Way back in the summer of 2016, I sat down in D.C. to have a chat with Super Furry Animals keyboardist Cian Ciaran. In that wide-ranging interview, Cian discussed not only the Furries and Zefur Wolves (the band he's in with his wife), but also his orchestral ambitions, namely the then-upcoming unveiling of his symphonic work, Rhys A Meinir. The large-scale piece, based on the famous Welsh folktale, had its world premiere in November 2016 and now, this Thursday, the film of that event will debut on S4C in Wales, and the BBC's iPlayer in the rest of the United Kingdom. For those of us not in Wales or the UK, it will be available to watch, with English subtitles, for 35 days from SC4 via this link. Also, Rhys A Meinir will be released as an album via Strangetown Records on Friday.
The album is, frankly, a revelation. A listener shouldn't be surprised that Cian Ciaran is a man of prodigious talent but, rather, that he is so easily capable of branching out so effectively. Rhys A Meinir is a record that alternates between lush orchestral passages, and stark, soundtrack-like pieces of music that convey the sadness and lyricism of the Welsh tale to a listener. In my interview with Cian Ciaran, he mentioned an appreciation for the music of John Barry, Bizet, and Ennio Morricone, an appreciation that one can hear here in the selections on Rhys A Meinir. A track like "Haul o rywle'n tywynnu" early in the record even bears a faint trace of Randy Newman's soundtrack work about it, while the lighter-than-air "Safodd yn stond" offers a rich abundance of harp figures. The more direct "Marwydos" brings a kind of folk music to the classical work, while the absolutely stunning "Rhedeg" chills and moves the soul in the style and spirit of the best Bernard Herrmann film scores. It's not entirely a surprise that this is an affecting work, but that it's so atypical of what one would expect from a Super Furry Animal. The band used strings before but never quite like this, Ciaran here embracing the larger forms and offering up something both Modern and Romantic.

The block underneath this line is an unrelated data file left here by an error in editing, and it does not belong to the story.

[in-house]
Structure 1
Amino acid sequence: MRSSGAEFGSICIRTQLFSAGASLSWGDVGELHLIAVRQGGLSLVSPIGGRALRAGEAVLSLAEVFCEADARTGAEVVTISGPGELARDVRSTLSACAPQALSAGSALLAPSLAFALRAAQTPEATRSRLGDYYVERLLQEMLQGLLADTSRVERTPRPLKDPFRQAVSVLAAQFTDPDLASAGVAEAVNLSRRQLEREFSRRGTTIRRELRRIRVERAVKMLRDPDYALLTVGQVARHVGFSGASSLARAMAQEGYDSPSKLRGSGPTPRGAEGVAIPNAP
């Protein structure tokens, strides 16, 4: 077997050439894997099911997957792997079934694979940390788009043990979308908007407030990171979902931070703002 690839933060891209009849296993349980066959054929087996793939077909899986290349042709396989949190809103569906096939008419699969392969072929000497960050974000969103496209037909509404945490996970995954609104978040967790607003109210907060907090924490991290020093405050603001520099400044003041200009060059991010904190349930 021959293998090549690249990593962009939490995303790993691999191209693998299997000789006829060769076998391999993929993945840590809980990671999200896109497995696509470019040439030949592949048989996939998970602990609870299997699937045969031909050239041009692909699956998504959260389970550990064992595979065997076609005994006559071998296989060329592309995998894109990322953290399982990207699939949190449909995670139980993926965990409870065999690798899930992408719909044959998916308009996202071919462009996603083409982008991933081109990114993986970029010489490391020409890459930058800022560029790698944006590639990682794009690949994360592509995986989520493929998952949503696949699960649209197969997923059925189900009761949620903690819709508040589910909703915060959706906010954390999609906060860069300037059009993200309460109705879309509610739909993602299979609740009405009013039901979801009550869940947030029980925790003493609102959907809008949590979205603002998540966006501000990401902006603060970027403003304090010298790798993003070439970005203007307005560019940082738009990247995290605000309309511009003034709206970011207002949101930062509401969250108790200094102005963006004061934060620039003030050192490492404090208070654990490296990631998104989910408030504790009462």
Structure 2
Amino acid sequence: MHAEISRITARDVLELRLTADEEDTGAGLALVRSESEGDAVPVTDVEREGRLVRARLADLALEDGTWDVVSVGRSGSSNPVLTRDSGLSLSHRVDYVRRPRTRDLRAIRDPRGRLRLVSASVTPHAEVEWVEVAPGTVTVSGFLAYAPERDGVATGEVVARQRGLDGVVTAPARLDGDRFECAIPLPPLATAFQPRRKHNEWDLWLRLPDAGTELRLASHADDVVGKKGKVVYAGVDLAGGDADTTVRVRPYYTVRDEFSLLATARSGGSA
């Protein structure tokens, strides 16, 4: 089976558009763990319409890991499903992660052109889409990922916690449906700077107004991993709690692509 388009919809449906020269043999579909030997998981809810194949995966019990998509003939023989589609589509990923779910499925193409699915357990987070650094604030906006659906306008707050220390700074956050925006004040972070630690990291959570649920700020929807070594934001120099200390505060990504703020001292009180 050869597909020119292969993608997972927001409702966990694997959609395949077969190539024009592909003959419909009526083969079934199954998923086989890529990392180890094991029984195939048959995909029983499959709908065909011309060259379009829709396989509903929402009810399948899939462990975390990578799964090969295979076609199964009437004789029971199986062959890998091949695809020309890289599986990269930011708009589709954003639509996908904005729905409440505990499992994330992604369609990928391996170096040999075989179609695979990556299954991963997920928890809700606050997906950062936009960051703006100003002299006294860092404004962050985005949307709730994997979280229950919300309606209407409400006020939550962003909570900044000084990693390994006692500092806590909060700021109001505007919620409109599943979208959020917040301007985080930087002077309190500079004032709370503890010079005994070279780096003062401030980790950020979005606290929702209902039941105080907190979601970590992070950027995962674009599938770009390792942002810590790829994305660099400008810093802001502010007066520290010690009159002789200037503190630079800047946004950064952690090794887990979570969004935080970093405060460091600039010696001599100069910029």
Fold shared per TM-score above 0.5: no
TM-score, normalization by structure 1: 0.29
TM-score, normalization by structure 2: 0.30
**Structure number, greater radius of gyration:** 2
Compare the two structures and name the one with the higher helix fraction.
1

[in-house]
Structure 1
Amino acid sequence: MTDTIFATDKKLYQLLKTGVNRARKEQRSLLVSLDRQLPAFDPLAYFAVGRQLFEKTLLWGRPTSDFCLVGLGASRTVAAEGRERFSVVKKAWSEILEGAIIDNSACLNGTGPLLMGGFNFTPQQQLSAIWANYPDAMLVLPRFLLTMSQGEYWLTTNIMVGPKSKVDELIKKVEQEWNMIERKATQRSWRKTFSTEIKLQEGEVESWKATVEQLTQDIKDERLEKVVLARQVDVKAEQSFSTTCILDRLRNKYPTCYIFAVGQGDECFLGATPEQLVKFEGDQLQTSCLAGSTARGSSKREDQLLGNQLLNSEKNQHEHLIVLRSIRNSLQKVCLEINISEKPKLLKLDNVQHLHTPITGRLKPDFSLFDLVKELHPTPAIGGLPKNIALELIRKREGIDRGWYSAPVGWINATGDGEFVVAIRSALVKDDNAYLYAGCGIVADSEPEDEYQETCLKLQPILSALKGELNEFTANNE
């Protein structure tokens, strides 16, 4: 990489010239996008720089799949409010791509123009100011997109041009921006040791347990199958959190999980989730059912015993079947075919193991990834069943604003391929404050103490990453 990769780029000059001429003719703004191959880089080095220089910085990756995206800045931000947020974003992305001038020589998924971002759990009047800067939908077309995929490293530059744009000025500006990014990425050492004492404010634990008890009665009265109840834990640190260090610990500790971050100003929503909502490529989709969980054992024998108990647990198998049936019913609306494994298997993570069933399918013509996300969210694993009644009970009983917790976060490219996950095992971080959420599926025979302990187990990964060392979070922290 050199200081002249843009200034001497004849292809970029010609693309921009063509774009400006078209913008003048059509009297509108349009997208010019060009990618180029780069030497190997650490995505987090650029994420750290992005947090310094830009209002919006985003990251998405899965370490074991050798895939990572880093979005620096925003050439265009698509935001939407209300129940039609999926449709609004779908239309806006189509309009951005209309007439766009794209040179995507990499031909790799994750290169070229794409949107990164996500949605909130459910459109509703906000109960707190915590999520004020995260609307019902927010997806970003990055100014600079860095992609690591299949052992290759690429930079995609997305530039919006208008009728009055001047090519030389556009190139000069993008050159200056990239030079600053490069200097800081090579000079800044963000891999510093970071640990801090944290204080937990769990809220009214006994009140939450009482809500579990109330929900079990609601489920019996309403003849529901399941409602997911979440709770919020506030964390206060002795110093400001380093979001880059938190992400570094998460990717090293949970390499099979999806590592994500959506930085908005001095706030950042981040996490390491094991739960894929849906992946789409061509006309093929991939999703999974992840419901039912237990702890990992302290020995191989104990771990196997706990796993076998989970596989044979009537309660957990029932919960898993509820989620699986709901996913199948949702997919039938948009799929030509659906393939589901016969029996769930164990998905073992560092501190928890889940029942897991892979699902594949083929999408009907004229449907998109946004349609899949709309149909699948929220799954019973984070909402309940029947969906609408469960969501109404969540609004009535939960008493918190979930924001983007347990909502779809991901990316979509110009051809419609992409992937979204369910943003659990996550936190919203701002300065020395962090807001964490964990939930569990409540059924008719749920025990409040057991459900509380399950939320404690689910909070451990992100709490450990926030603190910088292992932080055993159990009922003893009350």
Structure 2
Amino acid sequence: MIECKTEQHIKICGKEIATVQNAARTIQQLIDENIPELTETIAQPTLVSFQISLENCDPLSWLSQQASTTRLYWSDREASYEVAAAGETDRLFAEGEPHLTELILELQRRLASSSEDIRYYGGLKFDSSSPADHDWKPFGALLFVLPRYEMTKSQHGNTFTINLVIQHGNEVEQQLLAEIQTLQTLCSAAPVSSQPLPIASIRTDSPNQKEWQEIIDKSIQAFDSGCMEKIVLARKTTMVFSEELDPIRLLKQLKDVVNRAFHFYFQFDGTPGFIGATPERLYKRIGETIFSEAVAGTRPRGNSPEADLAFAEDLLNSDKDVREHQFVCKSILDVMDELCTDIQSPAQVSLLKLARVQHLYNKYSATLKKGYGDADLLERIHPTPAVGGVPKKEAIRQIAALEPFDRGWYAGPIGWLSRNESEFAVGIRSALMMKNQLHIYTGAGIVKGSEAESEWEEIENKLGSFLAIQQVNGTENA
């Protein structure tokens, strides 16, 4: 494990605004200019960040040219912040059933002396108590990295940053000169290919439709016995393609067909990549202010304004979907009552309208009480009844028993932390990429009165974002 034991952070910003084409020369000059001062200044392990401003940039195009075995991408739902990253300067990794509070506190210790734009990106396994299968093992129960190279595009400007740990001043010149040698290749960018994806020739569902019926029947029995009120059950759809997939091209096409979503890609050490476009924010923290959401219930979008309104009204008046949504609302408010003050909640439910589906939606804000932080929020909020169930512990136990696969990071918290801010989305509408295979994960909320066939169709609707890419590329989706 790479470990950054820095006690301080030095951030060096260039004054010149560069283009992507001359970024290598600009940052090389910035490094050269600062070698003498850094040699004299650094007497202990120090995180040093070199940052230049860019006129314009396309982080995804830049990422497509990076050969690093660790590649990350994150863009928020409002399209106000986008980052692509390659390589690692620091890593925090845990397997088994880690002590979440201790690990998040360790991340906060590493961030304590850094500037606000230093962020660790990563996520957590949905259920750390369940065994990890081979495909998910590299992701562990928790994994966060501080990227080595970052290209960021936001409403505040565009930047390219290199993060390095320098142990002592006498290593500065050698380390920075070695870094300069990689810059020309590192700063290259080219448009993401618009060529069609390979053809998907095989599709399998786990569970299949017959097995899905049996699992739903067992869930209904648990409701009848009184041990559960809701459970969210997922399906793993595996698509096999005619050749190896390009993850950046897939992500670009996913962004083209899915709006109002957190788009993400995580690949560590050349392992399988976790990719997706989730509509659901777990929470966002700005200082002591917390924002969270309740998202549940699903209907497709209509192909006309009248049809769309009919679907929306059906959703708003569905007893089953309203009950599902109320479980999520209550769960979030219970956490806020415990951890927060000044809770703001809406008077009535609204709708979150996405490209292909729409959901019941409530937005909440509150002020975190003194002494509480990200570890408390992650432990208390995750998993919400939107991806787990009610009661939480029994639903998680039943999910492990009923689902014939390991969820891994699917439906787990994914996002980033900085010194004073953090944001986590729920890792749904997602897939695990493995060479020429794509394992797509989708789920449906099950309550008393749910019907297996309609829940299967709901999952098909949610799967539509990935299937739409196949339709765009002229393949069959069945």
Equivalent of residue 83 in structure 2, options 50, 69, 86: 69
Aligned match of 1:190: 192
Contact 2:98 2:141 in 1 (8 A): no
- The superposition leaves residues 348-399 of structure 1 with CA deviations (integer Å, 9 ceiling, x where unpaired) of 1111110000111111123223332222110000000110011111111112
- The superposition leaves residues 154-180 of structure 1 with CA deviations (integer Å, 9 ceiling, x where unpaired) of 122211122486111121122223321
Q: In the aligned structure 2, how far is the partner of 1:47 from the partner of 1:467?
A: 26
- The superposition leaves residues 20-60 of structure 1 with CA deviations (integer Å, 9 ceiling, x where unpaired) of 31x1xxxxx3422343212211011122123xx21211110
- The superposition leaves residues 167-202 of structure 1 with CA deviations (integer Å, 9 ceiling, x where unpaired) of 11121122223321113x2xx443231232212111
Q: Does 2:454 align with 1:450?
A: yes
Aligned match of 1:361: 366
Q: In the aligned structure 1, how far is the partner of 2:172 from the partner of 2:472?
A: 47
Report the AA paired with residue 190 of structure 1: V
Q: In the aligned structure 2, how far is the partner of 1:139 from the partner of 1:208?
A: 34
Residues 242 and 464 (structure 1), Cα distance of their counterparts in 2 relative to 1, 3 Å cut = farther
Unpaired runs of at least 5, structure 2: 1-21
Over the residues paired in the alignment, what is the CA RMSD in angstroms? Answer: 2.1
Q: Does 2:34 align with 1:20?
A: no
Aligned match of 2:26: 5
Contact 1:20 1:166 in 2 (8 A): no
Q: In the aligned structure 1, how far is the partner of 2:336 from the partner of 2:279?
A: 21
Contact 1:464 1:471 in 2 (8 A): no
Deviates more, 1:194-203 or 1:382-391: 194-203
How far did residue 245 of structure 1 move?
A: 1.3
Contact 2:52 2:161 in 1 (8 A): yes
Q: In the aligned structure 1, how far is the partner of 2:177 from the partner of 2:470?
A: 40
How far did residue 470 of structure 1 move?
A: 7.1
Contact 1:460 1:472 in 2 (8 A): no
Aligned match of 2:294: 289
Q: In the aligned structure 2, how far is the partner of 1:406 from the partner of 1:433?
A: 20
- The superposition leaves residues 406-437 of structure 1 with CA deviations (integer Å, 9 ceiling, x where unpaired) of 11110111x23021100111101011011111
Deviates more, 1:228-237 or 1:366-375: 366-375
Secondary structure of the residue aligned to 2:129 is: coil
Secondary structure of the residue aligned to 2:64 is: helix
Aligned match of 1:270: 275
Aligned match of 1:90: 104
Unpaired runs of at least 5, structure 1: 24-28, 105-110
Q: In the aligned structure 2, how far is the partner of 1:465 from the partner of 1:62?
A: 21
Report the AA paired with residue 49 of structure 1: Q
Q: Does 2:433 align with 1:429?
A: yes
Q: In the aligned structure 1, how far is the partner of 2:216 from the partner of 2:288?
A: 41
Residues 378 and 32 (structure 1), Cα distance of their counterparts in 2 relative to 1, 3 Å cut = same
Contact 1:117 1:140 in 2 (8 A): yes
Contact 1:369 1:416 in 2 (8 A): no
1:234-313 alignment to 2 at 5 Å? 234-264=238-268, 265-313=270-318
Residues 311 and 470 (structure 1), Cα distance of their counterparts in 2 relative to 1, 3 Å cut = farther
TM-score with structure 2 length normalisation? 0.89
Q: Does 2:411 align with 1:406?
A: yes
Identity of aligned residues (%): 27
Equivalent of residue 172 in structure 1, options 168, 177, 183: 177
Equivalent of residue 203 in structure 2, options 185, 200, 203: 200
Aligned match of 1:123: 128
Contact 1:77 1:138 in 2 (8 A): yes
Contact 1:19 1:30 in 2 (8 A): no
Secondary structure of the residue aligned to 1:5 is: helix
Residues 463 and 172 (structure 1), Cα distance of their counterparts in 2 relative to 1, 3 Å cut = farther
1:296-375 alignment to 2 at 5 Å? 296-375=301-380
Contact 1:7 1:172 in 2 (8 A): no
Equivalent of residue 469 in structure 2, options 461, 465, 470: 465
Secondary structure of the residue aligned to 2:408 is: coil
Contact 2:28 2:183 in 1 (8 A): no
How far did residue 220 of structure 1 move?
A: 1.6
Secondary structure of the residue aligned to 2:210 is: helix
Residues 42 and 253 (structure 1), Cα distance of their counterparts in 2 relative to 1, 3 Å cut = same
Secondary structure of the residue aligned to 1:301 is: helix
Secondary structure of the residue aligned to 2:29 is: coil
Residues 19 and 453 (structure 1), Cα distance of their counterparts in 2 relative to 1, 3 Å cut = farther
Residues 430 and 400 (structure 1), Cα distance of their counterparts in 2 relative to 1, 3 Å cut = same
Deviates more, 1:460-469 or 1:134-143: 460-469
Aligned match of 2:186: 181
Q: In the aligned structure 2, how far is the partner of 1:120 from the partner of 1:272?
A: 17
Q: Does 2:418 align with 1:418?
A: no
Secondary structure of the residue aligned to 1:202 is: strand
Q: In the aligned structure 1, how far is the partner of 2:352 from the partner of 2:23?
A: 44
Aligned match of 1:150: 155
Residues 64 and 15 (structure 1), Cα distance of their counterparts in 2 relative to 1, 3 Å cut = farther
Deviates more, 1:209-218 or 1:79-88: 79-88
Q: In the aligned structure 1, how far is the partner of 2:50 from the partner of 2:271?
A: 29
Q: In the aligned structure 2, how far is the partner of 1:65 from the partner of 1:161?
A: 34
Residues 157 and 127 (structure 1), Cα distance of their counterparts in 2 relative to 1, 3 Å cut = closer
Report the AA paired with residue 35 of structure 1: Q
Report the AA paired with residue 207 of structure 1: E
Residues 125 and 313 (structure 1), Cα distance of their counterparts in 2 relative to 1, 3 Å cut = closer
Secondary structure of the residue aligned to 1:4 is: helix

Rhys A Meinir should rightly get as much attention as any Super Furry Animals release. It is such a departure for Cian Ciaran -- and simultaneously a natural progression for him as an artist -- that it could not only appeal to a whole new audience, but reach listeners outside Wales interested in Welsh folklore and history. Fans of Brahms, Nilsson, Miklos Rozsa, and The High Llamas should find bits here to embrace. Fans of the Super Furry Animals should, naturally, find lots to love here from the mastermind behind the electronic textures of the band's legendary releases. Rhys A Meinir by Cian Ciaran will be out this week via Strangetown Records.
More details on Rhys A Meinir via Pledge Music.
There are a few details on the project in my 2016 interview with Cian Ciaran ahead of the Super Furry Animals concert in Washington, D.C..
[Photo of Cian Ciaran: Glenn Griffith, 2016]